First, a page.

Why Squadron Lost
In her victory speech last night, Letitia James, the last woman standing in what was once a five person race, couldn’t quite say the words without welling up. She is the first woman of color to be elected to citywide office. It wasn’t something she drew attention to during the campaign, and it wasn’t something she rushed to yell out in victory. But it was enormously significant in a campaign season such as this one.
First, there was the campaign. James won the most votes on September 10th, about 191,000 or 36%. Squadron came in second with 178,000 or 33%. A runoff was necessary by law. The two candidates proceeded to do battle. James went after Squadron over his family money. Squadron accused James of failing to release her tax returns and neglecting to report rental income on her Brooklyn brownstone. Politics is a rough sport, but the personal nature of these attacks was somewhat unusual. They also went back and forth over who took the most money from which developers, often the fastest way to ensure that voter’s eyes gloss over.
But a handful of Democrats were paying close attention. These are the people who vote in Primaries. They are the same people who voted twice for term limits and held a grudge against Christine Quinn when she helped Mayor Bloomberg overturn them. Sure, voters have short memories, but not the small percentage of voters who actually come out in a Primary, let alone a runoff election like this Public Advocate race.
At the end of the day, fair or not, these same people didn’t buy some of Squadron’s arguments. Let’s put it this way, if you are talking about your family money being lost to Bernie Madoff that doesn’t engender sympathy, it raises eyebrows about who had money in the first place. In the final days of the campaign, there were some questionable tactics employed by Squadron including a robocall that sounded like it’s intention was to deceive voters. Numerous people have also told me that Squadron did himself no favors in this interview with our own Errol Louis the night before the Primary about that robocall. Again, the people who bother to vote, also take time to watch TV programs about politics.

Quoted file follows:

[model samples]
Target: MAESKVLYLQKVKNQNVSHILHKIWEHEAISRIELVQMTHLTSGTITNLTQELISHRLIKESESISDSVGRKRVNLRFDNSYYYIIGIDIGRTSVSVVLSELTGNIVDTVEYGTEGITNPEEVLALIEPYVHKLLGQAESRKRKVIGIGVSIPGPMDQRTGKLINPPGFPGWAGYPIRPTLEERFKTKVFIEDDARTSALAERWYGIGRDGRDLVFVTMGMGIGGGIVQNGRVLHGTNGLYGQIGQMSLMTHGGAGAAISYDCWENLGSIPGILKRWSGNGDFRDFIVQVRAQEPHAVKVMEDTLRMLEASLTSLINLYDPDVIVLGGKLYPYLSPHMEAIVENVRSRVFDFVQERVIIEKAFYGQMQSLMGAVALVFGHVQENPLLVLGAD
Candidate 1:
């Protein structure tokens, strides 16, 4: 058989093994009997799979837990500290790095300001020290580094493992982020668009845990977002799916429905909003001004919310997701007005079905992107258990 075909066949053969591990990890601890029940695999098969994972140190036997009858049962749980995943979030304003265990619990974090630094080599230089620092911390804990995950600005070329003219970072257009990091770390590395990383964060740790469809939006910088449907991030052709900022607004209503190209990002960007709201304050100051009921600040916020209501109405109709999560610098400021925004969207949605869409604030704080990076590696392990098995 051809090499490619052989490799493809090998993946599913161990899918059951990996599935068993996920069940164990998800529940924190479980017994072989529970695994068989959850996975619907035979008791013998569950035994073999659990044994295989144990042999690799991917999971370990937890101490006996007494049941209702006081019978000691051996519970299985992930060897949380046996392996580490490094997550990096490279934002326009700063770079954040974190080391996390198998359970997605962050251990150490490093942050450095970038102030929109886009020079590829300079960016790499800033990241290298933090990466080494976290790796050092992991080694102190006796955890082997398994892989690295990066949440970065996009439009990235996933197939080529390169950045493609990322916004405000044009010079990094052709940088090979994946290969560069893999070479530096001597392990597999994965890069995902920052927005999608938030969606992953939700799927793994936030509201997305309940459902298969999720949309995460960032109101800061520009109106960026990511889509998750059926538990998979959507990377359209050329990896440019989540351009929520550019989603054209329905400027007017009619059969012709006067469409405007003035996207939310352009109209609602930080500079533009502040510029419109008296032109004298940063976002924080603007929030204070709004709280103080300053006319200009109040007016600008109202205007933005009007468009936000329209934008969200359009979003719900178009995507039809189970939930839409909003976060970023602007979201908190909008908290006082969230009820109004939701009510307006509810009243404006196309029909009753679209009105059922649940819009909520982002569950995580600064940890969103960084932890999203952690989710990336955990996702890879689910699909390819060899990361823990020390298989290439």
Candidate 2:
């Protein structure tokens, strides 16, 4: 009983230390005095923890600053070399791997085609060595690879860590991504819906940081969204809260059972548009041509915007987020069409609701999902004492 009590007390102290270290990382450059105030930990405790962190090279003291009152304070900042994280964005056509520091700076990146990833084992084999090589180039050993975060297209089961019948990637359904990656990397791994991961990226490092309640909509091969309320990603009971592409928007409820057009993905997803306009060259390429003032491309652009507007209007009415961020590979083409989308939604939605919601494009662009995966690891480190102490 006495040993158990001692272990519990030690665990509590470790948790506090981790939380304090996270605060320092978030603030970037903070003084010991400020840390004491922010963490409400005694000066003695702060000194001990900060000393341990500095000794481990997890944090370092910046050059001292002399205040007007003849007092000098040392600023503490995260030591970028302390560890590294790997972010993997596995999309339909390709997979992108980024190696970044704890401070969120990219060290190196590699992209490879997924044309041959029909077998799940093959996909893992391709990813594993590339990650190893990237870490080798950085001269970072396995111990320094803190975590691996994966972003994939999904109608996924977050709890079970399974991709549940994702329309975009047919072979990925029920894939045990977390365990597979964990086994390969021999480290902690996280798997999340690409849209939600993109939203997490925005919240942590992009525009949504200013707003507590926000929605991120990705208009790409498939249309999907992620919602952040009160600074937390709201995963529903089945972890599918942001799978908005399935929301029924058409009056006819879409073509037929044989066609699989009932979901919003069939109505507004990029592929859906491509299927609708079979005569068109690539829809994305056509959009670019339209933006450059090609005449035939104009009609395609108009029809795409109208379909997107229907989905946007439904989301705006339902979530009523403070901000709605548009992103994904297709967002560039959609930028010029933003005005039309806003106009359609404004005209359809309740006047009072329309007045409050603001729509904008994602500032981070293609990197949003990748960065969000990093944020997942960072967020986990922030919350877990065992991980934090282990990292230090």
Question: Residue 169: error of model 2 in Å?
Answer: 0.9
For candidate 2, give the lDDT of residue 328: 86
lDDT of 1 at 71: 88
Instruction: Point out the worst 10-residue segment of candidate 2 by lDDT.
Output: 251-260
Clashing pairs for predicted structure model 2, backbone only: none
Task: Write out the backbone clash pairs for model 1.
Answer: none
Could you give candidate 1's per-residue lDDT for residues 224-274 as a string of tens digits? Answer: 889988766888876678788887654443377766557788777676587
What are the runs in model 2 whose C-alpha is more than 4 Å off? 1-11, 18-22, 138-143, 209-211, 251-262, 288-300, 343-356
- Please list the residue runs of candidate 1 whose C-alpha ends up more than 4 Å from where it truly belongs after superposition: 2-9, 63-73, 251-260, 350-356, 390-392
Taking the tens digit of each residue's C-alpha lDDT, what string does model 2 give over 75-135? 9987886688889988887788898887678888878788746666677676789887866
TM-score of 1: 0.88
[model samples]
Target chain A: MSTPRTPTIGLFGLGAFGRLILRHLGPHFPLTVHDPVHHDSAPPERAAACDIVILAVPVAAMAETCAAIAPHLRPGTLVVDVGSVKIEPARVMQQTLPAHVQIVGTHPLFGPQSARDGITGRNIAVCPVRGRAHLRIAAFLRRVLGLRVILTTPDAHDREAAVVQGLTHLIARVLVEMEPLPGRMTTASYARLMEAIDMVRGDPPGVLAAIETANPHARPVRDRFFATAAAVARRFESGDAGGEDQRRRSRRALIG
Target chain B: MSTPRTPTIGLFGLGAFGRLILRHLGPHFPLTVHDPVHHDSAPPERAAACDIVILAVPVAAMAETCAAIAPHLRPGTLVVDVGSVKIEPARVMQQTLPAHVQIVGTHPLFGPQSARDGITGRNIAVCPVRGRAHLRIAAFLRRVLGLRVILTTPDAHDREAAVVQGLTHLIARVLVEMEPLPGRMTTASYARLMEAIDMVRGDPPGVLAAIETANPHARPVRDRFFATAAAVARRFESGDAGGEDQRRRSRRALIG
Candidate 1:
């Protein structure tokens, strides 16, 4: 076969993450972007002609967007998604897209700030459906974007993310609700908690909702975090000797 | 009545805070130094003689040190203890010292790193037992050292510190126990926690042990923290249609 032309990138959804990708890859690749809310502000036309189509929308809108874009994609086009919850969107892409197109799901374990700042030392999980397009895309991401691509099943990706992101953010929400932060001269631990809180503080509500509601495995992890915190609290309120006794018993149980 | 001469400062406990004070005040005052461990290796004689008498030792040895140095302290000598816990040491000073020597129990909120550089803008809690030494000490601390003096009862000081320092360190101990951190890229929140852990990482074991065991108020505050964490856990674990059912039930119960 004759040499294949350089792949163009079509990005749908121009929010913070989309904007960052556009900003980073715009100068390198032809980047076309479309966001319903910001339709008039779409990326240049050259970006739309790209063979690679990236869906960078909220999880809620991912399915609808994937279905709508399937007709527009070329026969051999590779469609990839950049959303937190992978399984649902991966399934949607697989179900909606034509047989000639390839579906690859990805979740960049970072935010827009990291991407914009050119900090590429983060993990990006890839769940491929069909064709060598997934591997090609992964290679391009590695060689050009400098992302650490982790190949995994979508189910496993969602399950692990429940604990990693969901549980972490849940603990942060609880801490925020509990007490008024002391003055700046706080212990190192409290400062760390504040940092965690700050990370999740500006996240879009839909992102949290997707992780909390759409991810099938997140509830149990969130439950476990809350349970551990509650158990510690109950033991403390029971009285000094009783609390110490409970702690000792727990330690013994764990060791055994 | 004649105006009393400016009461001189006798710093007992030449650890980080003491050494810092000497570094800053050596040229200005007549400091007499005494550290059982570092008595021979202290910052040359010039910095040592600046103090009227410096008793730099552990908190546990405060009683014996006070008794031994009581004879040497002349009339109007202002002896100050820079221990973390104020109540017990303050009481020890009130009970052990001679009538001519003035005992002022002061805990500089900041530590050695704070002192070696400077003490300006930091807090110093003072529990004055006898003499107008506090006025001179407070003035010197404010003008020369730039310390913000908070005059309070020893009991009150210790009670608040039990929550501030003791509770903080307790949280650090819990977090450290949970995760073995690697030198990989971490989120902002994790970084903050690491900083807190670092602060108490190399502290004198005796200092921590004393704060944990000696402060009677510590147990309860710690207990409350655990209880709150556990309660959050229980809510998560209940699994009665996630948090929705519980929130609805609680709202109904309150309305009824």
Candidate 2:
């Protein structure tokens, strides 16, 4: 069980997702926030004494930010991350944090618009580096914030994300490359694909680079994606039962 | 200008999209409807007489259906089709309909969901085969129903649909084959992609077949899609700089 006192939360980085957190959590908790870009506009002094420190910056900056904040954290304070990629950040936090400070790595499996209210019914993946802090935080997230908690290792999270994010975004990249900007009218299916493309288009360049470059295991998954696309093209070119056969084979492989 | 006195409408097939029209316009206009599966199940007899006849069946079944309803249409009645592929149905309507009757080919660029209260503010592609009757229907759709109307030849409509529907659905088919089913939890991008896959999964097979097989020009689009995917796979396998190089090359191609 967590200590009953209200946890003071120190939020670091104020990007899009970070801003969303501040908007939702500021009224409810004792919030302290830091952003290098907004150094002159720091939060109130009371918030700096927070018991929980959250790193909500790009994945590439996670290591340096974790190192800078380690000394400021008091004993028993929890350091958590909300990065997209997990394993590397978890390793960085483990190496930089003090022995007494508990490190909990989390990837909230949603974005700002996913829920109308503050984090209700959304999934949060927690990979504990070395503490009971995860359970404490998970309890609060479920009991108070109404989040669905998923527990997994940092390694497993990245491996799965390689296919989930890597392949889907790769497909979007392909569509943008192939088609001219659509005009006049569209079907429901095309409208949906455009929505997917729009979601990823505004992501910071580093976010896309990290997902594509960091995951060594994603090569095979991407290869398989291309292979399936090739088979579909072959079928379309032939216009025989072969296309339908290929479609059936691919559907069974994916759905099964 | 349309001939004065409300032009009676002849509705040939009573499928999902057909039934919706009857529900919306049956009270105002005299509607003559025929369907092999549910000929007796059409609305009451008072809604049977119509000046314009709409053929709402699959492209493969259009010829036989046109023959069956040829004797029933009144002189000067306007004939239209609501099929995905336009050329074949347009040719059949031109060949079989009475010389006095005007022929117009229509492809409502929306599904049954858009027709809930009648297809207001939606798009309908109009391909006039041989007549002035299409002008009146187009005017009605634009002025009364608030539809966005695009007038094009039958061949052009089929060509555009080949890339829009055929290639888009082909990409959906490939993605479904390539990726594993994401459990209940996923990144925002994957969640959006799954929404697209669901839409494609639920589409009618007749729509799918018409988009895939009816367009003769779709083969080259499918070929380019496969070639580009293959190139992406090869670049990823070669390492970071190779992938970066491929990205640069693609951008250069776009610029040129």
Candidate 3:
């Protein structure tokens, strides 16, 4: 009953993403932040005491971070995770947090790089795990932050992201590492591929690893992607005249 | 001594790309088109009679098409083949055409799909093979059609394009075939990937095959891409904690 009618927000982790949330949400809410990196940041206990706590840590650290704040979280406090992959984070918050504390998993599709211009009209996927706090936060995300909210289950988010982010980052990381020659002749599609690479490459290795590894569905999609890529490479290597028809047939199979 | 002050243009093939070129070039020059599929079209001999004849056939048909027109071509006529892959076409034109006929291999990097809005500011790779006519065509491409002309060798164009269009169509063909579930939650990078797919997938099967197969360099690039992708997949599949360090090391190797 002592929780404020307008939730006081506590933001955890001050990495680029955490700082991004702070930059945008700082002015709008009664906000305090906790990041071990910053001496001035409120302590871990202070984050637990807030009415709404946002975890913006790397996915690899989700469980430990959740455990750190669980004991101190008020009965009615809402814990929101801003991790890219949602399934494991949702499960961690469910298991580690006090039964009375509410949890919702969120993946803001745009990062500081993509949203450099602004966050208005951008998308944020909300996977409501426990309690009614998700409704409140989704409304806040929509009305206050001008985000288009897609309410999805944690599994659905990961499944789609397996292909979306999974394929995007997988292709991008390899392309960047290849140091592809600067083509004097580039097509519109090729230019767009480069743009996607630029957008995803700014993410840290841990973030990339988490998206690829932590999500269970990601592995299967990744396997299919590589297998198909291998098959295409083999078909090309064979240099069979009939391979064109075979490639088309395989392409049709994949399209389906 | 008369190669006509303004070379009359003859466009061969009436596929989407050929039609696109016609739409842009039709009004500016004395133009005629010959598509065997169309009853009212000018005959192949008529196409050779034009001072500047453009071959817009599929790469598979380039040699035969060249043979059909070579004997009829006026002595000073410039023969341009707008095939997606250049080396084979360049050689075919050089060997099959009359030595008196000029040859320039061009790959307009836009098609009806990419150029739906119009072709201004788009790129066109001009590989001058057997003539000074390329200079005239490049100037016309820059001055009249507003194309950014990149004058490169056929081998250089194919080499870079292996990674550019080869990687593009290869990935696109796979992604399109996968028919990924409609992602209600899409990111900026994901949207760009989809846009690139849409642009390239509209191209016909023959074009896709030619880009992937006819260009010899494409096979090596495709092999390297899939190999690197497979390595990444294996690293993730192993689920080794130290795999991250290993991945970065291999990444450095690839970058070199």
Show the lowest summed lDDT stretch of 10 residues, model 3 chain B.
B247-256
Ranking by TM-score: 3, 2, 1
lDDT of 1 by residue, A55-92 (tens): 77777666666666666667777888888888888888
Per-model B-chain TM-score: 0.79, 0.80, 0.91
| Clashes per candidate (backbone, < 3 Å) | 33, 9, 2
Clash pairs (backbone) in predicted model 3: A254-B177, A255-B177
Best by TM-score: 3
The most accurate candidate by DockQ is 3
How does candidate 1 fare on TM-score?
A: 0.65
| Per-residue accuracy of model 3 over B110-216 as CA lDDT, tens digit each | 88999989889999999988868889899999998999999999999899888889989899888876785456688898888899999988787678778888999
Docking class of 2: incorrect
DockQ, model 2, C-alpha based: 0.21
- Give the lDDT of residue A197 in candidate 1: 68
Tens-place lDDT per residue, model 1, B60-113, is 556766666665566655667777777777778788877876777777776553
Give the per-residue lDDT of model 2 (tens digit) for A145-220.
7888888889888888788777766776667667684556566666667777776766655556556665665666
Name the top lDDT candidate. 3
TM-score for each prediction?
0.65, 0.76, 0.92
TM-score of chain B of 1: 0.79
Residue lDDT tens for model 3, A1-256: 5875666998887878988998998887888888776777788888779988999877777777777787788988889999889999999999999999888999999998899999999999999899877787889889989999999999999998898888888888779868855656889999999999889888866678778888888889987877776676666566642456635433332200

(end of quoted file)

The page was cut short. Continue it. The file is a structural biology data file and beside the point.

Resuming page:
The unions also made a big difference. 1199 and 32BJ pulled out voters at key precincts in Brooklyn, much like they did for Bill de Blasio. Those same voters who pulled the lever for BdB, also did so for James ( albeit in smaller numbers ).
But at the end of the day, there was a diversity issue. One that people didn’t want to talk about publicly, but which percolated just below the surface. De Blasio and Scott Stringer ( the other two citywide Democratic nominees ) are both white men. That is not an accurate reflection of the changing face of this city, particularly not the Democratic party. The Democrats have been successful in large part because they look like the people they fight for. fair or not, an all white and male ticket just doesn’t sit well with people. Moreover, if James lost, that could very well be the end of her career ( she is older and term limited out of the Council ), whereas Squadron, at 33, continues to serve in the New York State Senate. That point sunk in, at least among some of the elected’s within the Democratic Party who coalesced around James in the final days and weeks.
Obviously, the reasons for who won and who lost are numerous and complex. But if Squadron knew this was an uphill race, it makes you wonder why he went as negative as he did in the final days. Strategists will often tell you that going negative never works. That’s not entirely true. But in this particular case, it appears to have backfired.
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